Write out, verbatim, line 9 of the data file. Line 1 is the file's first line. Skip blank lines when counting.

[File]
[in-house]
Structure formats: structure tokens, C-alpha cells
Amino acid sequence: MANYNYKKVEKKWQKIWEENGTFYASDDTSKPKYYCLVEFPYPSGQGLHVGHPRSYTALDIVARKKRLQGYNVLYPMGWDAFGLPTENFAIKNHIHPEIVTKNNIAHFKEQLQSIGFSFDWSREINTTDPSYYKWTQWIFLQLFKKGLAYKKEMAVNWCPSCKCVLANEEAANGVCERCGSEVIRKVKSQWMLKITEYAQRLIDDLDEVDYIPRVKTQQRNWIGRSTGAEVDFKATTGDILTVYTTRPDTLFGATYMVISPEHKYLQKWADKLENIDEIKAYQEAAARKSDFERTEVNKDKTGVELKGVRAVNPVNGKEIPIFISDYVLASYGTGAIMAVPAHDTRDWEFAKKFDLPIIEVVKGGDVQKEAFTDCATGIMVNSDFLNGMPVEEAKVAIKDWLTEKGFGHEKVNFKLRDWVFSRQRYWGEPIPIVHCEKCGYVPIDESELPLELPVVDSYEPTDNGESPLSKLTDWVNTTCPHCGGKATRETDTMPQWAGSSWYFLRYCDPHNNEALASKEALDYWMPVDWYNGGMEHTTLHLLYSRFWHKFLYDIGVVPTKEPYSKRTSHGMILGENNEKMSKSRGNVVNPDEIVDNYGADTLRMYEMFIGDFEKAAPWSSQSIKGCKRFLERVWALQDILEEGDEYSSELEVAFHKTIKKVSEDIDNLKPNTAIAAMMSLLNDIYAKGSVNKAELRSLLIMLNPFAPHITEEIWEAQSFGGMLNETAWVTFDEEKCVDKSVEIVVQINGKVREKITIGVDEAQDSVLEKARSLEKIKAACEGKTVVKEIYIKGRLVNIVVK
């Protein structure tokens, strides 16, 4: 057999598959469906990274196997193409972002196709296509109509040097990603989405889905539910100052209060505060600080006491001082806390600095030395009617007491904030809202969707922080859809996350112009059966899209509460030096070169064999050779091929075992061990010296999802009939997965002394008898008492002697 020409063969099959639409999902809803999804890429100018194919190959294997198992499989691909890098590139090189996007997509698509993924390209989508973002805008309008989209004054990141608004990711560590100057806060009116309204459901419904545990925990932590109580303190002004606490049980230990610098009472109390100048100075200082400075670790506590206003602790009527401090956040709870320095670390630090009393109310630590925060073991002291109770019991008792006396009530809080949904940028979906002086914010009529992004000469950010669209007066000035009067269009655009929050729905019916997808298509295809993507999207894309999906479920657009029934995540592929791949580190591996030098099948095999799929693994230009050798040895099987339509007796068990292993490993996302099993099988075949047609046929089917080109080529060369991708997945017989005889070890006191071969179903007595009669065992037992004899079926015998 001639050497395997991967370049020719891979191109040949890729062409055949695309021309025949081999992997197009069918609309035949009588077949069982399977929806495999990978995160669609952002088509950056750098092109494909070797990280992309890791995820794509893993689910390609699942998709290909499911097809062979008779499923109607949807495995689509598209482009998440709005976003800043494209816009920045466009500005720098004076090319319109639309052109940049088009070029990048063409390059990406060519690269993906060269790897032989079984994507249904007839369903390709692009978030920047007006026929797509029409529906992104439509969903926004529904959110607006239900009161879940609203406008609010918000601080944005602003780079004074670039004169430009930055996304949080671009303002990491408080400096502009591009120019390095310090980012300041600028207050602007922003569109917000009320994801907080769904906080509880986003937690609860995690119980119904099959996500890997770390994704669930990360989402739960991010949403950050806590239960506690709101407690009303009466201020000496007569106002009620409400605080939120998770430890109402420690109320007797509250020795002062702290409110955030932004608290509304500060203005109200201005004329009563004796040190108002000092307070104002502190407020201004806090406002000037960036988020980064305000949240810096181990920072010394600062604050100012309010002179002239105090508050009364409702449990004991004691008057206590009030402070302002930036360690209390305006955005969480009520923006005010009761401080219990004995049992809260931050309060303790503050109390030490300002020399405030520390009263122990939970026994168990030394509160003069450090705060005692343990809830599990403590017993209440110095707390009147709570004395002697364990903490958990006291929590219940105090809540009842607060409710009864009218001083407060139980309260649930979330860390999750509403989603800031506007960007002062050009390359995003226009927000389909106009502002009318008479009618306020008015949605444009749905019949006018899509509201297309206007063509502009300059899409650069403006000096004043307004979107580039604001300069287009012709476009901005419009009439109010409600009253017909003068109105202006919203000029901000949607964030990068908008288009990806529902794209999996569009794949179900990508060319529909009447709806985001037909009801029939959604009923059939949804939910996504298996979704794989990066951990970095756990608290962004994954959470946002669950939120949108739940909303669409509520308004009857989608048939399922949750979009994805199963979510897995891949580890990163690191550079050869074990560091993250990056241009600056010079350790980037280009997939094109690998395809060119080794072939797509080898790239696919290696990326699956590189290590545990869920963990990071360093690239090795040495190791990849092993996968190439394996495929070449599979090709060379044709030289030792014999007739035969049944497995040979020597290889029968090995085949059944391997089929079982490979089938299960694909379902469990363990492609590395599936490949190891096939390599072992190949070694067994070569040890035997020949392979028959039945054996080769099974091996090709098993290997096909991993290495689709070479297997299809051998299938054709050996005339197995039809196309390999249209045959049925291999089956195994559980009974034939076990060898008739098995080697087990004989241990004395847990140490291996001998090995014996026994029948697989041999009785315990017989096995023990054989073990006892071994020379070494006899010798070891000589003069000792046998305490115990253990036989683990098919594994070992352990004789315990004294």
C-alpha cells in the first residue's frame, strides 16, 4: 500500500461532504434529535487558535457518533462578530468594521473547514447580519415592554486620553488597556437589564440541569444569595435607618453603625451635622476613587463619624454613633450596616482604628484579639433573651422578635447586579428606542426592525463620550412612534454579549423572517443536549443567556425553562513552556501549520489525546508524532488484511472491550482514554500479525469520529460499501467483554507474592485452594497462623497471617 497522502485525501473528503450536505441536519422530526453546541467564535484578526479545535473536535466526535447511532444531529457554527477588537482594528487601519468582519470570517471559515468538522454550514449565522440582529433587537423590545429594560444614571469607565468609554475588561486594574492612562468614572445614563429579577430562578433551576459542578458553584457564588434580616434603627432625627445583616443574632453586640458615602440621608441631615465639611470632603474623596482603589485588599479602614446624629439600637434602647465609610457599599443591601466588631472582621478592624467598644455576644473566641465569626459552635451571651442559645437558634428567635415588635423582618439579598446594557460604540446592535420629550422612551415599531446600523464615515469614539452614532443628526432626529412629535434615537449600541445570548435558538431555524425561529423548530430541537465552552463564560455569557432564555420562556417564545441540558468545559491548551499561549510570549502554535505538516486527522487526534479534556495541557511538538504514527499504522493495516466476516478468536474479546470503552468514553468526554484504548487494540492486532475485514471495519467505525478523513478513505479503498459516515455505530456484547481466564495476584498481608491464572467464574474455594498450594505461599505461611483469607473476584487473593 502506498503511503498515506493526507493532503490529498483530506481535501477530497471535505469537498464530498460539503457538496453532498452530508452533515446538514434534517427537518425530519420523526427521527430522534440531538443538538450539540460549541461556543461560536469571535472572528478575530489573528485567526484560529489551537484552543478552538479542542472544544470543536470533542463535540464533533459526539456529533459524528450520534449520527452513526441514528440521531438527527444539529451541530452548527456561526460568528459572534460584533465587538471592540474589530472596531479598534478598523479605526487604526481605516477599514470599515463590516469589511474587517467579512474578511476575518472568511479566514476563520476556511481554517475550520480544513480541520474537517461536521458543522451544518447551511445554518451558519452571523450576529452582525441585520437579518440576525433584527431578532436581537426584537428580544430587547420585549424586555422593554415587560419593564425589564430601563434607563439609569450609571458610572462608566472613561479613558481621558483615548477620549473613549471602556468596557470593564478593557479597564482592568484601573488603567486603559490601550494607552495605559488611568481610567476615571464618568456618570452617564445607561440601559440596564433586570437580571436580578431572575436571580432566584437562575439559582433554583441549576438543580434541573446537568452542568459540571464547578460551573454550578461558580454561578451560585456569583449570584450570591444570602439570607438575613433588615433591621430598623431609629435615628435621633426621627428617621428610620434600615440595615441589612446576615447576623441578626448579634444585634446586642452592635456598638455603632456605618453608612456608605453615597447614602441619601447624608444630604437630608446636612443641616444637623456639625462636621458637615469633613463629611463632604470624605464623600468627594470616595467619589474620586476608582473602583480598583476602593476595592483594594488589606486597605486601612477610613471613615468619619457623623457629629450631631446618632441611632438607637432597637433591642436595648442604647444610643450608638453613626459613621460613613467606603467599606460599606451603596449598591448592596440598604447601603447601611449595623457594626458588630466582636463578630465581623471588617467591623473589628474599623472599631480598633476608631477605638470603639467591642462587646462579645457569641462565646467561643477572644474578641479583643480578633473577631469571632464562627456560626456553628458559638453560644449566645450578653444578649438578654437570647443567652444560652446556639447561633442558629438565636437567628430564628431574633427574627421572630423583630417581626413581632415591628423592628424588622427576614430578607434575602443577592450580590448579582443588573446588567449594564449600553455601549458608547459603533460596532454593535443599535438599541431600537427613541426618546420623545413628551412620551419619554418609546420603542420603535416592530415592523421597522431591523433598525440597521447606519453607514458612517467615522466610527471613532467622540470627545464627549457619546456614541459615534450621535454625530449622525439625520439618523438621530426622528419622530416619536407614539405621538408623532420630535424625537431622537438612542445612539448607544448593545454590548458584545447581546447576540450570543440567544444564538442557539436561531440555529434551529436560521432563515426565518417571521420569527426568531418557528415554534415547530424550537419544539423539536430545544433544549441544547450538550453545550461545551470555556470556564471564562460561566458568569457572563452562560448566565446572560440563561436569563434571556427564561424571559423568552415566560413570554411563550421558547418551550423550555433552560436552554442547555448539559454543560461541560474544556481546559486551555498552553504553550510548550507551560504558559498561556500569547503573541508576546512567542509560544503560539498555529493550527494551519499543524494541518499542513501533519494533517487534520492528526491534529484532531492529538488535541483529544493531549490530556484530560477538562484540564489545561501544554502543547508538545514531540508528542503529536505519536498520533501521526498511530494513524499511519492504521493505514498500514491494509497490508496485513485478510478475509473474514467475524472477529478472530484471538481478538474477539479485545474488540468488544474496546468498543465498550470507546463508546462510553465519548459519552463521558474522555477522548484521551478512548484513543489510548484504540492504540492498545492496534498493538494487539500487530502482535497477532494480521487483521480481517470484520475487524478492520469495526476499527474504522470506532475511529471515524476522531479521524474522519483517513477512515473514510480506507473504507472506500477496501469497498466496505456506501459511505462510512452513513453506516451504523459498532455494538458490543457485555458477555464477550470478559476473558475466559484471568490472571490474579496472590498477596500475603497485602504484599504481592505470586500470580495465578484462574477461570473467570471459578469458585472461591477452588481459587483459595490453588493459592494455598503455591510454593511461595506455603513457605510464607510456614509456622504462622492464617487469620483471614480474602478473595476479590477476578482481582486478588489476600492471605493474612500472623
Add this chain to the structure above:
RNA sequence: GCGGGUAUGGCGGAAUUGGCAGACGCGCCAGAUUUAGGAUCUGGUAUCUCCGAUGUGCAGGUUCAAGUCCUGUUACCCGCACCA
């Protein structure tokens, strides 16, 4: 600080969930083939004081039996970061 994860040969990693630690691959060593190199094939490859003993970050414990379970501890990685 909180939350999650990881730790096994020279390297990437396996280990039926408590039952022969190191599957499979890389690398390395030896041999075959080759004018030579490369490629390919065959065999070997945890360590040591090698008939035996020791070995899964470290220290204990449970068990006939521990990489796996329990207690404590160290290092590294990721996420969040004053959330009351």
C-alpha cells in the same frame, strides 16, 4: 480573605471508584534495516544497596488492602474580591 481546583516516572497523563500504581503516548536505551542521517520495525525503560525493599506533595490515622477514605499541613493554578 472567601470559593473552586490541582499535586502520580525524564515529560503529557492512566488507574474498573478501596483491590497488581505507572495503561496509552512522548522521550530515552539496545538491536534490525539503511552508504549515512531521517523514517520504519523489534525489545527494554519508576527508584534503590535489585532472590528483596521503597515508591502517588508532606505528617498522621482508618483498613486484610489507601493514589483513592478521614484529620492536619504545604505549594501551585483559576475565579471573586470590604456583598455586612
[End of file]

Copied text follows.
C-alpha cells in the same frame, strides 16, 4: 480573605471508584534495516544497596488492602474580591 481546583516516572497523563500504581503516548536505551542521517520495525525503560525493599506533595490515622477514605499541613493554578 472567601470559593473552586490541582499535586502520580525524564515529560503529557492512566488507574474498573478501596483491590497488581505507572495503561496509552512522548522521550530515552539496545538491536534490525539503511552508504549515512531521517523514517520504519523489534525489545527494554519508576527508584534503590535489585532472590528483596521503597515508591502517588508532606505528617498522621482508618483498613486484610489507601493514589483513592478521614484529620492536619504545604505549594501551585483559576475565579471573586470590604456583598455586612